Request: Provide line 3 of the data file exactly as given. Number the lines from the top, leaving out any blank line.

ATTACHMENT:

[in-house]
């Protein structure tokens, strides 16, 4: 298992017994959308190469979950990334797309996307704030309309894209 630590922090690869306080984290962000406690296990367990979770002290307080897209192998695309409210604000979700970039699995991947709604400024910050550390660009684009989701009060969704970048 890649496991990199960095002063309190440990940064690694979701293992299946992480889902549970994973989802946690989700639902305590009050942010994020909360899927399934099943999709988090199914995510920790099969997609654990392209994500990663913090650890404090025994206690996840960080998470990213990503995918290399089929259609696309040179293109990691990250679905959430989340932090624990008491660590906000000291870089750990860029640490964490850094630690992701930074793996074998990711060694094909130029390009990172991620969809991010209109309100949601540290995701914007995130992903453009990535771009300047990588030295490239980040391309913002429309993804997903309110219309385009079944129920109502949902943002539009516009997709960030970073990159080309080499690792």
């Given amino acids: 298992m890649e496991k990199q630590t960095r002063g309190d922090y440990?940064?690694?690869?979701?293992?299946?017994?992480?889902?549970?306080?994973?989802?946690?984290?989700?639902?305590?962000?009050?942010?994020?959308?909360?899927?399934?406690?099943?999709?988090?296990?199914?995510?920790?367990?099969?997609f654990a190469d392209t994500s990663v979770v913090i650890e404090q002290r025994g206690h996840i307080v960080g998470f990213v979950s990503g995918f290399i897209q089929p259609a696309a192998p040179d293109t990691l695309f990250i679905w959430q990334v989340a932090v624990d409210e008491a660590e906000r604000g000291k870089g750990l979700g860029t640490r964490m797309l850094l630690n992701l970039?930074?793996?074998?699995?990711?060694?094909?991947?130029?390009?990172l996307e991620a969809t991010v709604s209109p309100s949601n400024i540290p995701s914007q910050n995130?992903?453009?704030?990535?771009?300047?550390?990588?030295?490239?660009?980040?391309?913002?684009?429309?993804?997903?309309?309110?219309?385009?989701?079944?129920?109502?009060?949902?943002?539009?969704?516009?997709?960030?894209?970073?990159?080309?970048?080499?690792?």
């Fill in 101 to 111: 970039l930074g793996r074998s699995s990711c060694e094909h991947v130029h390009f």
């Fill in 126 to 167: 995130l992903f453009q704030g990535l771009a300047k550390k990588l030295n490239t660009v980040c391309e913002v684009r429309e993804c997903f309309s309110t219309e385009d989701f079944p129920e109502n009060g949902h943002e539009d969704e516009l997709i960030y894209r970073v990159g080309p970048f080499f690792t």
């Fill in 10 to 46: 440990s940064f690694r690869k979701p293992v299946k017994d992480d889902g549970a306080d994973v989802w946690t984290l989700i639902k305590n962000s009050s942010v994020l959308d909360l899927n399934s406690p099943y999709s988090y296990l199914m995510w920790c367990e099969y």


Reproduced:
């Given amino acids: 298992m890649e496991k990199q630590t960095r002063g309190d922090y440990?940064?690694?690869?979701?293992?299946?017994?992480?889902?549970?306080?994973?989802?946690?984290?989700?639902?305590?962000?009050?942010?994020?959308?909360?899927?399934?406690?099943?999709?988090?296990?199914?995510?920790?367990?099969?997609f654990a190469d392209t994500s990663v979770v913090i650890e404090q002290r025994g206690h996840i307080v960080g998470f990213v979950s990503g995918f290399i897209q089929p259609a696309a192998p040179d293109t990691l695309f990250i679905w959430q990334v989340a932090v624990d409210e008491a660590e906000r604000g000291k870089g750990l979700g860029t640490r964490m797309l850094l630690n992701l970039?930074?793996?074998?699995?990711?060694?094909?991947?130029?390009?990172l996307e991620a969809t991010v709604s209109p309100s949601n400024i540290p995701s914007q910050n995130?992903?453009?704030?990535?771009?300047?550390?990588?030295?490239?660009?980040?391309?913002?684009?429309?993804?997903?309309?309110?219309?385009?989701?079944?129920?109502?009060?949902?943002?539009?969704?516009?997709?960030?894209?970073?990159?080309?970048?080499?690792?």